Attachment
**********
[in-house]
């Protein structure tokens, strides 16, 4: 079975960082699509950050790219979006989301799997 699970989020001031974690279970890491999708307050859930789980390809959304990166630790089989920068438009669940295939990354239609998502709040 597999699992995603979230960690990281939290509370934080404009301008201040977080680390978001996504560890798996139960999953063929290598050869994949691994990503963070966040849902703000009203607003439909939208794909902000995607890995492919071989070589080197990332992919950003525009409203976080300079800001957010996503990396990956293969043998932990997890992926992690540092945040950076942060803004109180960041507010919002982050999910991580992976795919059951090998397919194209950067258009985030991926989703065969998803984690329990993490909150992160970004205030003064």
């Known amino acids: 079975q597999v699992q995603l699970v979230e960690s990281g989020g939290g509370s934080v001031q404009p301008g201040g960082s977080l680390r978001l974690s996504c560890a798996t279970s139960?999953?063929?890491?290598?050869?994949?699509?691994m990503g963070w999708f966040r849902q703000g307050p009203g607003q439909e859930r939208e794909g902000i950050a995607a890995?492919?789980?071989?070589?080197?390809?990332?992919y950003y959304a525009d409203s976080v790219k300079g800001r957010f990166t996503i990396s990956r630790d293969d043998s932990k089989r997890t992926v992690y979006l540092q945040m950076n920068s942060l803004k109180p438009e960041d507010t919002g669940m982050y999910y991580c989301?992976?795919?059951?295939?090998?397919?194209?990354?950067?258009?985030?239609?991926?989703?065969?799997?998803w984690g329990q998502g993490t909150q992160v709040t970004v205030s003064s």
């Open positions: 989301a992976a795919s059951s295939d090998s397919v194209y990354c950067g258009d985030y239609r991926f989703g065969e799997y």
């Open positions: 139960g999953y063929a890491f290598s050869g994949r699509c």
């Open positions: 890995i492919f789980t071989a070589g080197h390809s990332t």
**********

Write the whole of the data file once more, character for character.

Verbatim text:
[in-house]
């Protein structure tokens, strides 16, 4: 079975960082699509950050790219979006989301799997 699970989020001031974690279970890491999708307050859930789980390809959304990166630790089989920068438009669940295939990354239609998502709040 597999699992995603979230960690990281939290509370934080404009301008201040977080680390978001996504560890798996139960999953063929290598050869994949691994990503963070966040849902703000009203607003439909939208794909902000995607890995492919071989070589080197990332992919950003525009409203976080300079800001957010996503990396990956293969043998932990997890992926992690540092945040950076942060803004109180960041507010919002982050999910991580992976795919059951090998397919194209950067258009985030991926989703065969998803984690329990993490909150992160970004205030003064």
């Known amino acids: 079975q597999v699992q995603l699970v979230e960690s990281g989020g939290g509370s934080v001031q404009p301008g201040g960082s977080l680390r978001l974690s996504c560890a798996t279970s139960?999953?063929?890491?290598?050869?994949?699509?691994m990503g963070w999708f966040r849902q703000g307050p009203g607003q439909e859930r939208e794909g902000i950050a995607a890995?492919?789980?071989?070589?080197?390809?990332?992919y950003y959304a525009d409203s976080v790219k300079g800001r957010f990166t996503i990396s990956r630790d293969d043998s932990k089989r997890t992926v992690y979006l540092q945040m950076n920068s942060l803004k109180p438009e960041d507010t919002g669940m982050y999910y991580c989301?992976?795919?059951?295939?090998?397919?194209?990354?950067?258009?985030?239609?991926?989703?065969?799997?998803w984690g329990q998502g993490t909150q992160v709040t970004v205030s003064s």
């Open positions: 989301a992976a795919s059951s295939d090998s397919v194209y990354c950067g258009d985030y239609r991926f989703g065969e799997y």
């Open positions: 139960g999953y063929a890491f290598s050869g994949r699509c």
């Open positions: 890995i492919f789980t071989a070589g080197h390809s990332t």